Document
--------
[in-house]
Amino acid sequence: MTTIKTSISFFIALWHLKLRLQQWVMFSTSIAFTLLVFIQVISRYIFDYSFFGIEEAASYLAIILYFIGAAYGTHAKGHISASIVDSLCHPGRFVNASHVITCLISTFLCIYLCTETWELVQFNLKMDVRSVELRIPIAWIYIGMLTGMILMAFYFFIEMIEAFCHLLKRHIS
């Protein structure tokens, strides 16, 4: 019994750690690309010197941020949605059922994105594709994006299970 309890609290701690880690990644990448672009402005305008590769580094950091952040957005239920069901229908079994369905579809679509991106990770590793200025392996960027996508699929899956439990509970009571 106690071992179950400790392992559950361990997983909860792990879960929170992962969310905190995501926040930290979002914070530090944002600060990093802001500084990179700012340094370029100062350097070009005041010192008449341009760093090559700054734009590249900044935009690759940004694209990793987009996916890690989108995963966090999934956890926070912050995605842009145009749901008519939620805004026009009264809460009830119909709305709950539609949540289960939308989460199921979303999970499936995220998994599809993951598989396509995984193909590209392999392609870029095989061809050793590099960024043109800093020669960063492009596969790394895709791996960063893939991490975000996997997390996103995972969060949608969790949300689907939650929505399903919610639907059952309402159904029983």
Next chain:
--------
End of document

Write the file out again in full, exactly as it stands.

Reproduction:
[in-house]
Amino acid sequence: MTTIKTSISFFIALWHLKLRLQQWVMFSTSIAFTLLVFIQVISRYIFDYSFFGIEEAASYLAIILYFIGAAYGTHAKGHISASIVDSLCHPGRFVNASHVITCLISTFLCIYLCTETWELVQFNLKMDVRSVELRIPIAWIYIGMLTGMILMAFYFFIEMIEAFCHLLKRHIS
């Protein structure tokens, strides 16, 4: 019994750690690309010197941020949605059922994105594709994006299970 309890609290701690880690990644990448672009402005305008590769580094950091952040957005239920069901229908079994369905579809679509991106990770590793200025392996960027996508699929899956439990509970009571 106690071992179950400790392992559950361990997983909860792990879960929170992962969310905190995501926040930290979002914070530090944002600060990093802001500084990179700012340094370029100062350097070009005041010192008449341009760093090559700054734009590249900044935009690759940004694209990793987009996916890690989108995963966090999934956890926070912050995605842009145009749901008519939620805004026009009264809460009830119909709305709950539609949540289960939308989460199921979303999970499936995220998994599809993951598989396509995984193909590209392999392609870029095989061809050793590099960024043109800093020669960063492009596969790394895709791996960063893939991490975000996997997390996103995972969060949608969790949300689907939650929505399903919610639907059952309402159904029983």
Next chain: